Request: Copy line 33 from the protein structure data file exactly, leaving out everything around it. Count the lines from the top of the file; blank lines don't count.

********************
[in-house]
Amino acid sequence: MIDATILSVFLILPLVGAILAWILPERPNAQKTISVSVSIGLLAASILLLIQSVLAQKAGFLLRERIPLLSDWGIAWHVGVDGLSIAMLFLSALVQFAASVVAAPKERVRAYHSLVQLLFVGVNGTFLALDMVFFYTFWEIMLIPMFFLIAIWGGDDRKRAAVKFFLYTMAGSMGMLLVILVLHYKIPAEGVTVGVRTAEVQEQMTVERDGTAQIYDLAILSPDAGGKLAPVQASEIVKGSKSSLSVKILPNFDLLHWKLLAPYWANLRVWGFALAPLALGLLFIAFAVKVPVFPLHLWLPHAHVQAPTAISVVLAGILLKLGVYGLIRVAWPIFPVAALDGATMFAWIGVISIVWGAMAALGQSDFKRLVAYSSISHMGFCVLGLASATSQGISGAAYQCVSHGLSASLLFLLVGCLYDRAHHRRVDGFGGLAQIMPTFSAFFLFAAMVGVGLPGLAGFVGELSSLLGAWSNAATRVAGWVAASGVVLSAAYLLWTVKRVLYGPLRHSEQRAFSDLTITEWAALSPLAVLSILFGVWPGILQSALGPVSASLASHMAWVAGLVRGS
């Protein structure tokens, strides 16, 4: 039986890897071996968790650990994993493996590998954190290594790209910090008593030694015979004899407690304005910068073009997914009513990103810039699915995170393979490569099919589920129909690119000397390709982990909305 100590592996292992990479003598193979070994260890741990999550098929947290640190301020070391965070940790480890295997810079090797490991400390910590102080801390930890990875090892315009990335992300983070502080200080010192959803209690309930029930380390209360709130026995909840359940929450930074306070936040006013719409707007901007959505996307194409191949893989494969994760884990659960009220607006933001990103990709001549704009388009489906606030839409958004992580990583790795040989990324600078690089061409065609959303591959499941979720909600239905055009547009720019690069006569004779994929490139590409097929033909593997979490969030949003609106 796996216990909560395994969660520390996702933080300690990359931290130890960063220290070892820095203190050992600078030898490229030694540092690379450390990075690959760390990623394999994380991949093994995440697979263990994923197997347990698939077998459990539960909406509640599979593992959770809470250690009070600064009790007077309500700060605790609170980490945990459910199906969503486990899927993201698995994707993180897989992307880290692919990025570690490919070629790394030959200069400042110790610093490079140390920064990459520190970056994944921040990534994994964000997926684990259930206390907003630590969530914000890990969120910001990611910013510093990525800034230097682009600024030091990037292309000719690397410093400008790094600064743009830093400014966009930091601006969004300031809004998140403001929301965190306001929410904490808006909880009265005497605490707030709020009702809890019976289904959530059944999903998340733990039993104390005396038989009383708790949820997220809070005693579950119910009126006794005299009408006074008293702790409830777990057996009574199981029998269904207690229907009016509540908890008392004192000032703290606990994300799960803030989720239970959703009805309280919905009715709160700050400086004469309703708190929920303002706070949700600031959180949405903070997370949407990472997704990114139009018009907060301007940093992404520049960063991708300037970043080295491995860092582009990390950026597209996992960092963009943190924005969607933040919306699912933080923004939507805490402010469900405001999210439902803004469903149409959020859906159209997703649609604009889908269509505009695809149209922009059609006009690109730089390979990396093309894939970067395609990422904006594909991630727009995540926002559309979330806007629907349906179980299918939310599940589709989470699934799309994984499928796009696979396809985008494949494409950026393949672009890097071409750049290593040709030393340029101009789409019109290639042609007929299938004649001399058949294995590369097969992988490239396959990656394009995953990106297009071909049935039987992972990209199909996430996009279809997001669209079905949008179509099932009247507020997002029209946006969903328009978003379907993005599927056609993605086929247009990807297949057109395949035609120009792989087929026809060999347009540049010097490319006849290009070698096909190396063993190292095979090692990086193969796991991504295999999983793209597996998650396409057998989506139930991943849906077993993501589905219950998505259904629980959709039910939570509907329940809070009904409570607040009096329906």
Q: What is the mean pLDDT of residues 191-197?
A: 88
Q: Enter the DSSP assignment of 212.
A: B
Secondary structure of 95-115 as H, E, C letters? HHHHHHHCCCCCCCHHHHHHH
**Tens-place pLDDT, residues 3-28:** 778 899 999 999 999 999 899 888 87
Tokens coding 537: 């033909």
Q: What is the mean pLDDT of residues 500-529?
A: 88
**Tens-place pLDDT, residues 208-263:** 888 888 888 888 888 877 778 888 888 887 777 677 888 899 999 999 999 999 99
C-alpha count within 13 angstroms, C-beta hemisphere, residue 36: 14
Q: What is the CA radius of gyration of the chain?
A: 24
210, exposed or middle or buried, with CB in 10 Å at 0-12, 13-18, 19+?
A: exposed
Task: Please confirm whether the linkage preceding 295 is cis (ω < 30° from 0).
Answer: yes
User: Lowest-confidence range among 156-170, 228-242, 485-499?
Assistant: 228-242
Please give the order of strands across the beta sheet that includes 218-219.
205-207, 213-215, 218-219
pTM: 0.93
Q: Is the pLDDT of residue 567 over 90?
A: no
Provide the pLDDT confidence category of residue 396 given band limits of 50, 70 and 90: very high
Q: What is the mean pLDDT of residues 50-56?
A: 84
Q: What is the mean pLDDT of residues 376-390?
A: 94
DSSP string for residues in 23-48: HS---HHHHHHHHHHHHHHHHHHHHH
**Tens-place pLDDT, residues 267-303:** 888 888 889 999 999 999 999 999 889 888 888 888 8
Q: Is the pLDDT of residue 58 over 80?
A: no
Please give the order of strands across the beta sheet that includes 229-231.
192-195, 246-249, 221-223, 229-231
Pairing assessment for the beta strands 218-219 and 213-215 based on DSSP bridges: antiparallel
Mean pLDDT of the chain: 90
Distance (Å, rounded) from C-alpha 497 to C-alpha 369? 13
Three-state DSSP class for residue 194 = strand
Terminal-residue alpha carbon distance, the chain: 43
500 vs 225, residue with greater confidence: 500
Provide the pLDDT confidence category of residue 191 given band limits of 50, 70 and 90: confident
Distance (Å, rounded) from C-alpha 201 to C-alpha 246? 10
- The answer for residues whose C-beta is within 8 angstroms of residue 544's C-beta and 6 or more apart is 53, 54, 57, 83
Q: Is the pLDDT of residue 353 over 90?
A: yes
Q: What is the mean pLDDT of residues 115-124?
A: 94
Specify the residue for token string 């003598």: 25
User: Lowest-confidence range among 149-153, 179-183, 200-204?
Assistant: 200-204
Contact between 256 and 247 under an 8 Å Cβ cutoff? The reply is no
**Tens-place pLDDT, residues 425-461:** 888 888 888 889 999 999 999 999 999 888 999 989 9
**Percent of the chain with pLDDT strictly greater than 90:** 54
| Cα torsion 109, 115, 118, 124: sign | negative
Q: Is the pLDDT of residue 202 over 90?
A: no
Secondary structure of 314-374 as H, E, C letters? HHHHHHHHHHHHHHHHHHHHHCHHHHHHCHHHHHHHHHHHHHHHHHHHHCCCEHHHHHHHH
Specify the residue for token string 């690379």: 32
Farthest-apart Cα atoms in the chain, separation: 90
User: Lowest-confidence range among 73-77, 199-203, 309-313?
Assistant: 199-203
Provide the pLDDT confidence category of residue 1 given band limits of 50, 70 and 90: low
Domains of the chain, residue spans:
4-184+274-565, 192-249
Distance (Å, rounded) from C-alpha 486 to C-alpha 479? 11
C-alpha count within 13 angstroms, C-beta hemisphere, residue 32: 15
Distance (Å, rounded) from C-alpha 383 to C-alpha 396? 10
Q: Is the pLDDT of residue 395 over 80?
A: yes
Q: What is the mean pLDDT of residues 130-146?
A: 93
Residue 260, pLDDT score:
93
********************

DSSP string for residues in 23-48: HS---HHHHHHHHHHHHHHHHHHHHH